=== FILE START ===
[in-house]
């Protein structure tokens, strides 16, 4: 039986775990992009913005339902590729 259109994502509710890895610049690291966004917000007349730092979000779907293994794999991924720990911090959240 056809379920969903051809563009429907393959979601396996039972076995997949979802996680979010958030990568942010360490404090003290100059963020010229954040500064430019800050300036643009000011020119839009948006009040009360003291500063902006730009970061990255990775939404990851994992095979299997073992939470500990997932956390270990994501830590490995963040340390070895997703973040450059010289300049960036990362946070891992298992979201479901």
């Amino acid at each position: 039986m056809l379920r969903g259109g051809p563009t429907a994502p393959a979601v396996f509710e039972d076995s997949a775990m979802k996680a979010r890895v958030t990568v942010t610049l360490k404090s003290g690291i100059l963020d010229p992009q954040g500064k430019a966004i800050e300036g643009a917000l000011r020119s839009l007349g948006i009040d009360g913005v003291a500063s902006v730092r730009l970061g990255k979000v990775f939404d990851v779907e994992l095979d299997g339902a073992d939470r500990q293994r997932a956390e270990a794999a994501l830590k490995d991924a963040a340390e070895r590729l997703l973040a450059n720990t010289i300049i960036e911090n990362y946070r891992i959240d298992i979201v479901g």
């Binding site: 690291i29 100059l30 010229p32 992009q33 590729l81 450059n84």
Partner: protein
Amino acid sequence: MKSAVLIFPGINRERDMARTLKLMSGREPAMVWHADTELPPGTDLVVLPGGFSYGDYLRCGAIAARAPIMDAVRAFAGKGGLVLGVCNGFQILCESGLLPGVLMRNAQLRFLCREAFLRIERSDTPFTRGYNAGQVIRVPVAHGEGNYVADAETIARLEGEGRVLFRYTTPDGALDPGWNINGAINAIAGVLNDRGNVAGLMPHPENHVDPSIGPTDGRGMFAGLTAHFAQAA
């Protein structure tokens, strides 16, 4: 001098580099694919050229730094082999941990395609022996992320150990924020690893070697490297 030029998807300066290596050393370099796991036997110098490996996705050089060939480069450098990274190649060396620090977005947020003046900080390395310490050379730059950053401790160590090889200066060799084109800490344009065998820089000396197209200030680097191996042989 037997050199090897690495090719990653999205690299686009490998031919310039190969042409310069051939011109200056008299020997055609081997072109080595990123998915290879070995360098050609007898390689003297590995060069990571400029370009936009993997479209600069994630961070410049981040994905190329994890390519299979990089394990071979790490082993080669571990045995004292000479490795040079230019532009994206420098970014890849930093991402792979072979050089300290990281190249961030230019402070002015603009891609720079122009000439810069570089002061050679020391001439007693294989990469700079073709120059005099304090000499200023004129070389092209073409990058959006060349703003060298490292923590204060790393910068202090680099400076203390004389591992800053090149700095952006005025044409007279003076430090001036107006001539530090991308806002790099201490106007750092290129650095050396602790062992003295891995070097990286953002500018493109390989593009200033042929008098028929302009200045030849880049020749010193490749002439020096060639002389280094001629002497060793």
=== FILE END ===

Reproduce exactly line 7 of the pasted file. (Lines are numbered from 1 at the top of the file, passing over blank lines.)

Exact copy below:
């Protein structure tokens, strides 16, 4: 001098580099694919050229730094082999941990395609022996992320150990924020690893070697490297 030029998807300066290596050393370099796991036997110098490996996705050089060939480069450098990274190649060396620090977005947020003046900080390395310490050379730059950053401790160590090889200066060799084109800490344009065998820089000396197209200030680097191996042989 037997050199090897690495090719990653999205690299686009490998031919310039190969042409310069051939011109200056008299020997055609081997072109080595990123998915290879070995360098050609007898390689003297590995060069990571400029370009936009993997479209600069994630961070410049981040994905190329994890390519299979990089394990071979790490082993080669571990045995004292000479490795040079230019532009994206420098970014890849930093991402792979072979050089300290990281190249961030230019402070002015603009891609720079122009000439810069570089002061050679020391001439007693294989990469700079073709120059005099304090000499200023004129070389092209073409990058959006060349703003060298490292923590204060790393910068202090680099400076203390004389591992800053090149700095952006005025044409007279003076430090001036107006001539530090991308806002790099201490106007750092290129650095050396602790062992003295891995070097990286953002500018493109390989593009200033042929008098028929302009200045030849880049020749010193490749002439020096060639002389280094001629002497060793």